Regular infusion treatments at the Congestive Heart Failure Center at St. Mary's give Homer Holden a mental and physical boost.
Homer Holden, who is 80 this year, had an aortic heart valve replacement in 1999. He had been doing well until about a year ago, when he began feeling the serious symptoms of congestive heart failure (CHF). This condition occurs when the heart muscle doesn't pump as strongly as it should. “I started experiencing pretty severe breathing problems,” Holden recalls.
His cardiologist, John Bartolozzi, MD, recommended he go to the Congestive Heart Failure Center at St. Mary’s for infusion treatments that can help his condition. He’s now a regular there. “It just rejuvenates me,” he says. “It does a wonderful job.”
Dr. Bartolozzi started the hospital’s Congestive Heart Failure Center about 16 years ago to provide treatment for patients like Holden, who are no longer being effectively helped by oral medications.
“If patients are on all the appropriate medications and are still symptomatic, that’s when the center can benefit them,” Dr. Bartolozzi says. “We give them medications that help their heart squeeze better and work more efficiently. It’s only available with an IV.”
For patients like Holden, this means spending four hours receiving infusion therapy, and a little extra time at the end of the treatment to be monitored by the staff. “What I like is that the staff asks you questions, and you get encouragement from the people around you,” he says. “You realize, hey, I’m not the only one,” he says.
The goal of the therapy is not to cure the condition, but to give patients a better quality of life, Dr. Bartolozzi explains. The center is staffed by ICU nurses who can also draw labs, monitor kidney function, listen to a patient’s heart and lungs, and perform other assessments. “That enables us to treat patients effectively,” Dr. Bartolozzi says. “People can live for years in the program, I think that’s because of how comprehensive it is.”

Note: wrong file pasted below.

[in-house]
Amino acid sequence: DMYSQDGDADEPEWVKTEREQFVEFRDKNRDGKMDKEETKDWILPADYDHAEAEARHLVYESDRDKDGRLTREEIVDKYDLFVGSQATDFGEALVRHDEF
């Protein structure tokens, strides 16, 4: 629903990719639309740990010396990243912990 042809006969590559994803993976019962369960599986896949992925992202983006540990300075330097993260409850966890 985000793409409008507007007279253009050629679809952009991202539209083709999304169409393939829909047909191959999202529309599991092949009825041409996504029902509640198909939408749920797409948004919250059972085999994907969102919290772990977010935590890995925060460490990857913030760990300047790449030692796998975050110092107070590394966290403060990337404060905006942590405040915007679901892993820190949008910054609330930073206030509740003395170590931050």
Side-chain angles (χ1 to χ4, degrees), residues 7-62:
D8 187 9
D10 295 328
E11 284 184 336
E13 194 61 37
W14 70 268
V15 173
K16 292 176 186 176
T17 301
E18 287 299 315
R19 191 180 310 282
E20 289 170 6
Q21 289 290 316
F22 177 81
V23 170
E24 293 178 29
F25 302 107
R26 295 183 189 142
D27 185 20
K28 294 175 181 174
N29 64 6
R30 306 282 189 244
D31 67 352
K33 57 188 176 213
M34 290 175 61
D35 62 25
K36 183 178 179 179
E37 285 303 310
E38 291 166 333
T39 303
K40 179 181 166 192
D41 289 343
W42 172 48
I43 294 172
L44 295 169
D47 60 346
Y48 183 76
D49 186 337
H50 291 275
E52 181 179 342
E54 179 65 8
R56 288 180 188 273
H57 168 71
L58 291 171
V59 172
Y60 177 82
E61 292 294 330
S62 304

In order to be eligible for treatment in the center, patients must meet criteria based on American College of Cardiology/American Heart Association guidelines for the treatment of congestive heart failure. How often they go depends on their individual needs. Some patients go every month or six weeks; others go once or twice a week, Dr. Bartolozzi says. The therapy not only helps patients feel better but can also help them avoid being readmitted to the hospital for heart failure, Dr. Bartolozzi says.
For Holden, getting the therapy has given him a boost – mentally and physically. “I don’t like to sit around,” he says. “I’m a go getter.”
Could You or Someone You Love Have CHF?
Congestive heart failure (CHF) affects many different people, but if you have hypertension (high blood pressure) or a history of heart disease, such as a prior heart attack, you may be at higher risk, Dr. Bartolozzi says. Knowing the signs and symptoms is important. Treatments are more effective if CHF is diagnosed earlier, Dr. Bartolozzi says.
Seek an evaluation right away if you notice these symptoms of CHF:
• Shortness of breath and fatigue
• Swelling of the legs and feet
• Trouble breathing when lying down